Theodore Robinson, born on June 3, 1852 was the first American artist who painted in the Impressionist style. Theodore Robinson’s works are regarded as the most outstanding works in the American Impressionist style. But while he was considered an Impressionist, his painting style was varied, having developed his own personal way of painting that was more lyrical than traditional Impressionism. He was successful in combining the principles of structure and form with the modern doctrines about color and light. He frequently visited the region of Giverny and became close friends with one of the top French Impressionists of the 19th century, Claude Monet.


From 1874 to 1875 he attended classes at the National Academy of Design in New York and helped establish the Art Students League, as well as taking classes there. Going to the art capital, France, was a dream Robinson had, just like most of his contemporary American painters. Eventually he studied at the atelier of Carolus Duran (Charles-Emile-Auguste Duran) in 1876. He also took lessons fromAdolph Yvon and Jean-Léon Gérôme at the Ecole des Beaux-Arts. While taking classes in France, Robinson painted figures and landscapes in the Realist style, drawing inspiration from the works of French artists belonging to the Barbizon School. During those years, he spent his summers at the Grèz-sur-Loing where he met fellow American artists Will H. Low and Birge Harrison. During a trip to Italy, he met and befriended James A. McNeill Whistler, another American artist who dabbled in Impressionism for a brief period.

Theodore Robinson painting 1

Paris and back

Theodore Robinson went back to America and took a teaching job in New York. He did many kinds of projects for Prentice Treadwell and John La Farge and painted views from Nantucket, Vermont and Boston, working alongside other American artists such as Joe Evans and Abbott Thayer.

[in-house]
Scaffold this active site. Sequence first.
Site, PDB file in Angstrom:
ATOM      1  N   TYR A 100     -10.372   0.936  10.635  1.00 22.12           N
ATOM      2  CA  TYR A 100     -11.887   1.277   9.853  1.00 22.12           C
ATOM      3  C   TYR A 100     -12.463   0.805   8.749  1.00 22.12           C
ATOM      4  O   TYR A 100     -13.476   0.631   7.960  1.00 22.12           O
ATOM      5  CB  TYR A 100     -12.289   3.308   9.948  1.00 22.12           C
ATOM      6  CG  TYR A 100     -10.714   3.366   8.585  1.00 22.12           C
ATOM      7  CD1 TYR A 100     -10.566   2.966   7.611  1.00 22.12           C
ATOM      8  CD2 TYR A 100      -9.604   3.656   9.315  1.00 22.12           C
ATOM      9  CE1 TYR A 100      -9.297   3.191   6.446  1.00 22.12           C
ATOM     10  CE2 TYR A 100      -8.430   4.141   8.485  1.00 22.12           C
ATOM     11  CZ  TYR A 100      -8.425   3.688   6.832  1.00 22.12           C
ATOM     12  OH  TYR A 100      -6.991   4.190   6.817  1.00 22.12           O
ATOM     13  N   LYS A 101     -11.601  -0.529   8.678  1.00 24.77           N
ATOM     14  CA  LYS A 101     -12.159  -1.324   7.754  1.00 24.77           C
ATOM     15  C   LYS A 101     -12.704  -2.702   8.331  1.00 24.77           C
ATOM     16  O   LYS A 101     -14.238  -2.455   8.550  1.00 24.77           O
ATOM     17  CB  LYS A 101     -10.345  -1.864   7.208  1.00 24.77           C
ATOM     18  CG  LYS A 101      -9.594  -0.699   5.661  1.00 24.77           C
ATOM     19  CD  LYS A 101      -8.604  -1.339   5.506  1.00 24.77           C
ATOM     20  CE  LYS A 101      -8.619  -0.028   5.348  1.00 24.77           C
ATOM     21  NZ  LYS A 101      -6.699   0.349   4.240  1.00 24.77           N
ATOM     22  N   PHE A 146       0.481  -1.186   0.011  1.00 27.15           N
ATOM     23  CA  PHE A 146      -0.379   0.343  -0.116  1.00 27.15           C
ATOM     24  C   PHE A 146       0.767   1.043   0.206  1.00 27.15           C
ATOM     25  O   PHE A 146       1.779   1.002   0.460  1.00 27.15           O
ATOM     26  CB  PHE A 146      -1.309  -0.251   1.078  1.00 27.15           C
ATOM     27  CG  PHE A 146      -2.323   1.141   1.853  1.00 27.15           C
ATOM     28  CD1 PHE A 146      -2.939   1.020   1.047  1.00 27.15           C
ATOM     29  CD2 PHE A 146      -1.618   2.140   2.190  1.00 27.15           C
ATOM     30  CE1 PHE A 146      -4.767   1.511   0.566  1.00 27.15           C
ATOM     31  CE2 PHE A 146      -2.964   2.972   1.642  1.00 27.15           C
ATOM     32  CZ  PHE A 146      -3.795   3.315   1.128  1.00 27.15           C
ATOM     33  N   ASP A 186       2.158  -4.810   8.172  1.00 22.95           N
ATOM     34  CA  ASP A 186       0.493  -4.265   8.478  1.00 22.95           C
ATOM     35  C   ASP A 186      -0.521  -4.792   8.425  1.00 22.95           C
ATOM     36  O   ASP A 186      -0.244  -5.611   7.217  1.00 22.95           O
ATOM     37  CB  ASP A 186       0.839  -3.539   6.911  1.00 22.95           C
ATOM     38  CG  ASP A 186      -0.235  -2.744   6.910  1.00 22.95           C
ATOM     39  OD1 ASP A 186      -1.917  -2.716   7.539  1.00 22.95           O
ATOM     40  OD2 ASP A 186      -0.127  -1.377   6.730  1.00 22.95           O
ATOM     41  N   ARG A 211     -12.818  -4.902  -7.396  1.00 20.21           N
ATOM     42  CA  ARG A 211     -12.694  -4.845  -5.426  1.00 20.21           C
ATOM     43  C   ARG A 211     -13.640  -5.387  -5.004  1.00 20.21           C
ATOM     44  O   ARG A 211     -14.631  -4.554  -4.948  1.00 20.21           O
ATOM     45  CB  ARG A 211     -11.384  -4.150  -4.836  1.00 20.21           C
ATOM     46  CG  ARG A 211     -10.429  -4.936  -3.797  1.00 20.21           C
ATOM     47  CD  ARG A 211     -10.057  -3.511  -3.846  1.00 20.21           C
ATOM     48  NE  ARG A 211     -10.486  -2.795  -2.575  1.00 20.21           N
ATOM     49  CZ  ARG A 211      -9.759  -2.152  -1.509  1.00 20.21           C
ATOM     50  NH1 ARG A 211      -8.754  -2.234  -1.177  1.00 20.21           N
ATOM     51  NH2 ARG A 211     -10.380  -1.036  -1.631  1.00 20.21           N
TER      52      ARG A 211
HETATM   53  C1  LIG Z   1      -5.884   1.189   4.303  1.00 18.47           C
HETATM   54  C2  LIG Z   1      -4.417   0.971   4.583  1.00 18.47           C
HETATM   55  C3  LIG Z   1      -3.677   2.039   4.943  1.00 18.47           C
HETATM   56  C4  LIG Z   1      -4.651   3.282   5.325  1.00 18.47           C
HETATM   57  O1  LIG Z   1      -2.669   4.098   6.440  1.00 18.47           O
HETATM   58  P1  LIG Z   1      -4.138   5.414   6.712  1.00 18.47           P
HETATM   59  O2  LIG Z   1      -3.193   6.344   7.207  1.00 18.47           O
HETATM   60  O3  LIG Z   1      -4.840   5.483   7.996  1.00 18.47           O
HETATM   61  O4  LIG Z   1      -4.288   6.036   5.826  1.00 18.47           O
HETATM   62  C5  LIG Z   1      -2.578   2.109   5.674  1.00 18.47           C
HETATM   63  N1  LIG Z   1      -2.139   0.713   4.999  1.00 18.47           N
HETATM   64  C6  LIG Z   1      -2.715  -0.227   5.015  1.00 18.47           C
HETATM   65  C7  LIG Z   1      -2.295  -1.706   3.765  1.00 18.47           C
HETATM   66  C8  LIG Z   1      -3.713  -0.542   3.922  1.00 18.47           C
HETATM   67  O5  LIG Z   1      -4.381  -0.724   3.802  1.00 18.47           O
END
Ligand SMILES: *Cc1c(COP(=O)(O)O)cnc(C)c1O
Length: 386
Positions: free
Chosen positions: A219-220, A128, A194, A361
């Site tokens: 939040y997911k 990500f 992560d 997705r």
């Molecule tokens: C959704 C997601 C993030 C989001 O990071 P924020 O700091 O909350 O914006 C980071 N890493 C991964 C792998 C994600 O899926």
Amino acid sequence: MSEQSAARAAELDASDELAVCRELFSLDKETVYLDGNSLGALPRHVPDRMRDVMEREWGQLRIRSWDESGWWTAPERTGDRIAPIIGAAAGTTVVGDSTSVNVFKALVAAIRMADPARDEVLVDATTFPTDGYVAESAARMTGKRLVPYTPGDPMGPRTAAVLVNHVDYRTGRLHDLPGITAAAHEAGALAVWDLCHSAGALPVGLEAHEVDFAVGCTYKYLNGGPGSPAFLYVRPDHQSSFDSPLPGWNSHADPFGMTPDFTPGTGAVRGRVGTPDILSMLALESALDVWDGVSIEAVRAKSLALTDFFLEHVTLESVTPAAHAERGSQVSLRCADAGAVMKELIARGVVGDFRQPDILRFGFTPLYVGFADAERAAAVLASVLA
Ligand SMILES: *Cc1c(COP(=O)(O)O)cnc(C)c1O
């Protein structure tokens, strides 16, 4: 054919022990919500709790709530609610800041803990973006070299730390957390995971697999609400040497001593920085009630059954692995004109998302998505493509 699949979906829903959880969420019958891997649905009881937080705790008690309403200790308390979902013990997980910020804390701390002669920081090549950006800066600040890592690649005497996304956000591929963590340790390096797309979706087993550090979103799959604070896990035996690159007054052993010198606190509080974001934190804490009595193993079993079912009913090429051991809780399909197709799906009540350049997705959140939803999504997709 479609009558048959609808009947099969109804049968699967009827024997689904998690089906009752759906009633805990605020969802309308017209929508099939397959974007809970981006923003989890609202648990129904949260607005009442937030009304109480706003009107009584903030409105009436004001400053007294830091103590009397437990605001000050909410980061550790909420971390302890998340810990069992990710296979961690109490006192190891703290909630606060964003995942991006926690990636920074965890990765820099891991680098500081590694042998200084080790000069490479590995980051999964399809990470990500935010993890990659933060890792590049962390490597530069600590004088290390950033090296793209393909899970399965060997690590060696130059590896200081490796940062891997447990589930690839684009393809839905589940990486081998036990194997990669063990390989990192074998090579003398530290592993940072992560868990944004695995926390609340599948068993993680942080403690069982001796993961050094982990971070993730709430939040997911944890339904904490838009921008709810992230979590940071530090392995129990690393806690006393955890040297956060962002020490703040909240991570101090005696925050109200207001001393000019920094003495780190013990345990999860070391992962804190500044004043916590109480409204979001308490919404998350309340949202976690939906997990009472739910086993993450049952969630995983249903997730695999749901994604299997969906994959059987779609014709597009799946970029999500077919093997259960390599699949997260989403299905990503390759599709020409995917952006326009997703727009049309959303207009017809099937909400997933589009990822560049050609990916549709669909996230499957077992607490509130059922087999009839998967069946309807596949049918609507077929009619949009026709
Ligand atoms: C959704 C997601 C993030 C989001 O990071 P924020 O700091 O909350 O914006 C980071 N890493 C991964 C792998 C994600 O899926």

He was able to return to France late in the 1880s and stayed in Paris, visiting and painting near the Barbizon in Grèz-sur-Loing and Cernay-la-ville.


 He first visited Giverny in 1885 but he became closely associated with the area starting in 1887. He stayed in Giverny for four years. From then on he worked in the area with other artists from North America such as William Blair Bruce from Canada and Americans Willard Metcalf, Theodore Wendel, Henry Fitch Taylor and John Leslie Breck. They fell in love with the place and declared it the ideal location for painting en plein air. Premier Impressionist Claude Monet’s residence was located in Giverny.

Although he basically followed the Impressionist style, Robinson continued to experiment and developed a unique version of the art movement, emphasizing form and structure while still maintaining the movement’s delicate and light palette and with broken and loose brushwork. He also did not forget the rules of good draftsmanship and his academic training, which included the realistic representation of nature.

Robinson was even the first American who lived in Giverny who also specialized on drawing figures, painting several canvases showing local French women going about their daily chores. It was during the latter years of his stay in Giverny that he created some of his most beautiful works with figures, including “La Débâcle” and quite a good number of landscapes, the most notable of which was “Bird’s Eye View of Giverny, France.” It became the first painting in the Impressionist style that he exhibited in his home country.

 Friendship with Monet

 Robinson was one of the very few foreign artists who were able to get close to Claude Monet. Their close friendship transcended that of mentor and pupil. Theirs was a true friendship borne out of mutual respect. They were able to critique each other’s work and socialize on many occasions. Robinson painted “The Wedding March” which chronicled the wedding of Suzanne, Monet’s stepdaughter to Theodore Butler, an American painter.

 While he was staying in Giverny, Robinson also made a few trips to New York, which gave him the chance to spread Impressionism to other artists. Most of the paintings he created in Giverny were also included in various exhibitions in Philadelphia and Manhattan. When he eventually moved back to New York, he created some of his most colorful and beautiful landscapes, showing scenes from Delaware Canal and Erie. He also gave summer classes in outdoor painting at Evelyn College in Princeton (New Jersey) and at the Brooklyn Art School.

Image credits: Theodore Robinson [Public domain]

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